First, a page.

Advocate's Petition Alleging Judge BH Loya Was Poisoned With Radioactive Isotope: Third Bench Of Bombay HC Finally Hears The Case

Advocates Petition Alleging Judge BH Loya Was Poisoned With Radioactive Isotope: Third Bench Of Bombay HC Finally Hears The Case

The division bench of Justice PN Deshmukh and Justice RB Deo of Nagpur has finally heard the petition filed by advocate Satish Uke that alleged that Judge BH Loya, who was presiding over the Sohrabuddin trial, was poisoned with a radioactive isotope.

Previously, three judges--Justices SB Shukre, SM Modak and Swapna Joshi--had refused to hear the matter and recused themselves. Their reason for recusal was not recorded, however, as all three judges were in Nagpur at the time of Judge Loya's death to attend the wedding of Justice Swapna Joshi's daughter. Justice Shukre had also stated in an interview with a newspaper that there was nothing suspicious about Judge Loya's death.

Former Advocate General Sunil Manohar appeared on behalf of the State. He sought the petition's dismissal stating that the Supreme Court had already decided the issue while hearing BLA's petition seeking a probe into Judge Loya's "mysterious death". But petitioner Satish Uke clarified that he only sought all records and documents pertaining to Judge Loya's death, not a re-investigation.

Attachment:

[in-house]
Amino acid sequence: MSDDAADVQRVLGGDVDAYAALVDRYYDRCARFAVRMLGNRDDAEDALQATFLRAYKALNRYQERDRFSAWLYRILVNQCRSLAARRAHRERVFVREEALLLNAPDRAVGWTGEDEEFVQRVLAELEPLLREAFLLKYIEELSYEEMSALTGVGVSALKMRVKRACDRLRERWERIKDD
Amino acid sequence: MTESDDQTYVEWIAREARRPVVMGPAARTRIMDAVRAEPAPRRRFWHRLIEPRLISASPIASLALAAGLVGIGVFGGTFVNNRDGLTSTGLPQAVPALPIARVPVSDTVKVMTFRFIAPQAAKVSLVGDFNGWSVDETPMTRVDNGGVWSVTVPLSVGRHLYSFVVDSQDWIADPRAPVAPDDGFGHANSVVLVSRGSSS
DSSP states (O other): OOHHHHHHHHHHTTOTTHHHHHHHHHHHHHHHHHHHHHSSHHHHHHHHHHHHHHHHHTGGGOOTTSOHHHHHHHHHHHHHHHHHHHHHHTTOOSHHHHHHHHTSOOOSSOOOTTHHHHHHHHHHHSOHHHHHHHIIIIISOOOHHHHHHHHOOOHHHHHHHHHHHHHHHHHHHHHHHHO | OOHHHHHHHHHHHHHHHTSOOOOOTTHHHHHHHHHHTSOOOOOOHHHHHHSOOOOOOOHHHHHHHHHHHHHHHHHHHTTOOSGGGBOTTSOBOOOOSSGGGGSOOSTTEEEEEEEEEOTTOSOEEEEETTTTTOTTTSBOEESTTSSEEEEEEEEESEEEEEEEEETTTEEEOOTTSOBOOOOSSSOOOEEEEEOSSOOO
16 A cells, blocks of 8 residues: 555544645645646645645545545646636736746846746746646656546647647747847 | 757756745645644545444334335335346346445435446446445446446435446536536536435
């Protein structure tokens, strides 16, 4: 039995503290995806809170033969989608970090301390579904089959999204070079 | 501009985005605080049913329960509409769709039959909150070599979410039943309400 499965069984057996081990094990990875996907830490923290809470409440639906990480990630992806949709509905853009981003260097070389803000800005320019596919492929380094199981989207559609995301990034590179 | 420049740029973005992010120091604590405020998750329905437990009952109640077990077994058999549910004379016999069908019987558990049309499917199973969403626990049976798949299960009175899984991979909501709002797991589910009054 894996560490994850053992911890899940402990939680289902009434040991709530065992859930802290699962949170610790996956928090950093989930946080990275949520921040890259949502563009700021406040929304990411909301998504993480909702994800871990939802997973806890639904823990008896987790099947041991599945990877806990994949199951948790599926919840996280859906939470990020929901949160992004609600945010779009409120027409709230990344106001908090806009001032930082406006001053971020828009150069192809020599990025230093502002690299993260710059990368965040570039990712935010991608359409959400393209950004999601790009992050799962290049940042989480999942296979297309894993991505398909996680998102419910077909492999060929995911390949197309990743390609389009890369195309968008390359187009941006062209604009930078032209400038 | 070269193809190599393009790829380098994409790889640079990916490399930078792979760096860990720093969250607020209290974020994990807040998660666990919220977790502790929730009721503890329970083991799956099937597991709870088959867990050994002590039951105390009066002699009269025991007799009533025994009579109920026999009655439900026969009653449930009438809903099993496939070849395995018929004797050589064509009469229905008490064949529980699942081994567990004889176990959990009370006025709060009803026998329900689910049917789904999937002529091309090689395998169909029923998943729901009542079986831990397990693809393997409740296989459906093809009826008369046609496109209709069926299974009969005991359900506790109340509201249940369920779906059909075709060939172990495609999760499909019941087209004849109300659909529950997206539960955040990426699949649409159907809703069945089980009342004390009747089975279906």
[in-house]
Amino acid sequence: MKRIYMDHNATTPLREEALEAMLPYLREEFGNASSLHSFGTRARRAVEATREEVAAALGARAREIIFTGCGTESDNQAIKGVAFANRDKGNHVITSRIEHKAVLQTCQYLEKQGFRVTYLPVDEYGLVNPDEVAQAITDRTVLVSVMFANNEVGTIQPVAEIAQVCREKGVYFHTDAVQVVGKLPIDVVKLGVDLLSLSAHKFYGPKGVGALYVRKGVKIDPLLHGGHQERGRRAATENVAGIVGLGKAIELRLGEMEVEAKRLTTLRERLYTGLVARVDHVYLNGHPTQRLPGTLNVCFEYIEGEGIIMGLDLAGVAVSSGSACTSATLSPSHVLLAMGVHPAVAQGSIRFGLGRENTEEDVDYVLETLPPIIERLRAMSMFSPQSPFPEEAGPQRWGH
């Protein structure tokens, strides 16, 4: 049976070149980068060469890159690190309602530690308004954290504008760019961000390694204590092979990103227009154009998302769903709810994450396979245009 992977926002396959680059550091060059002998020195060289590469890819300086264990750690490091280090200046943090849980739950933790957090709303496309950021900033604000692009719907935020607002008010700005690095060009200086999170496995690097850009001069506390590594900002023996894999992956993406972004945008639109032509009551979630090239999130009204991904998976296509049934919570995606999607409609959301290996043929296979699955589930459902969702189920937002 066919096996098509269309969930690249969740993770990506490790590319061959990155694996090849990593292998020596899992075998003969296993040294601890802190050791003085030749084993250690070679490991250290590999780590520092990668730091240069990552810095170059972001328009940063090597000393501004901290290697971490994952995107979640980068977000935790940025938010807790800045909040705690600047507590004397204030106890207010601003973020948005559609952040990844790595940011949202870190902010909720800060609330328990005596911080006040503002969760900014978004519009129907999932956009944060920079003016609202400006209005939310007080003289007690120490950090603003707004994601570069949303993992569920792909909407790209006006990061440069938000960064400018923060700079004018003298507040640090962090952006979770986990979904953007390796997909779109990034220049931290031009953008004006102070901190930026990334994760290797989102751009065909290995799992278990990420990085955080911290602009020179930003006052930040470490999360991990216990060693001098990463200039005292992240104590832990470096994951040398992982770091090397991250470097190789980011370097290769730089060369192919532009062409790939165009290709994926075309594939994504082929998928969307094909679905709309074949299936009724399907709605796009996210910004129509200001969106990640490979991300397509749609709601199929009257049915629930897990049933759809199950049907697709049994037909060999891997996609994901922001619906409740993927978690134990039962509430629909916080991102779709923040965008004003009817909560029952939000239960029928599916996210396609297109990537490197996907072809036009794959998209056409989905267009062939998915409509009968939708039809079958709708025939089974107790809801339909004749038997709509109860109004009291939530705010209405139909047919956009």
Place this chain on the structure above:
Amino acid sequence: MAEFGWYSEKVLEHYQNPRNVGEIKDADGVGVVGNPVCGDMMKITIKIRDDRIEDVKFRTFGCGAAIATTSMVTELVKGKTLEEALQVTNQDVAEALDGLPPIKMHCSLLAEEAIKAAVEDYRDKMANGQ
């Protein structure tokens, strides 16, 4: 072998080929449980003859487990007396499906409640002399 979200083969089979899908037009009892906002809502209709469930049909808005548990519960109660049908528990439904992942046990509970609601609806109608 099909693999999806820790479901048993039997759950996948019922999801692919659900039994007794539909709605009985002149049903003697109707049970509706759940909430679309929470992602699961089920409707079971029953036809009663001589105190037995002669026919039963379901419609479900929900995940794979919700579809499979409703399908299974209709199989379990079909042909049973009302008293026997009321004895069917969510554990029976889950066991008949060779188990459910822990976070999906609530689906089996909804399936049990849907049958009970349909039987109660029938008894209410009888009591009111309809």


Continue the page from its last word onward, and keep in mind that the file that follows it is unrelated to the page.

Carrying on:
According to the petition, BJP president Amit Shah had met Ratan Kumar Sinha, then Chairman of the Atomic Energy Commission, during Shah's visit to Nagpur in March 2015 for three days. It was also alleged that all official records regarding this meeting have been wiped out. Speaking to Livelaw, Uke alleged that according to him, this meeting is an indication that Loya was ultimately poisoned with a radioactive isotope, which could only be accessible to someone like Sinha.

Uke also said he had spoken to Judge Loya in a video call after his colleagues Shrikant Khandalkar and Prakash Thombre informed him that the judge wanted to talk to him. Later, both Khandalkar and Thombre died under mysterious circumstances.

The court allowed the petitioner to amend his petition and posted the matter for further hearing after two weeks.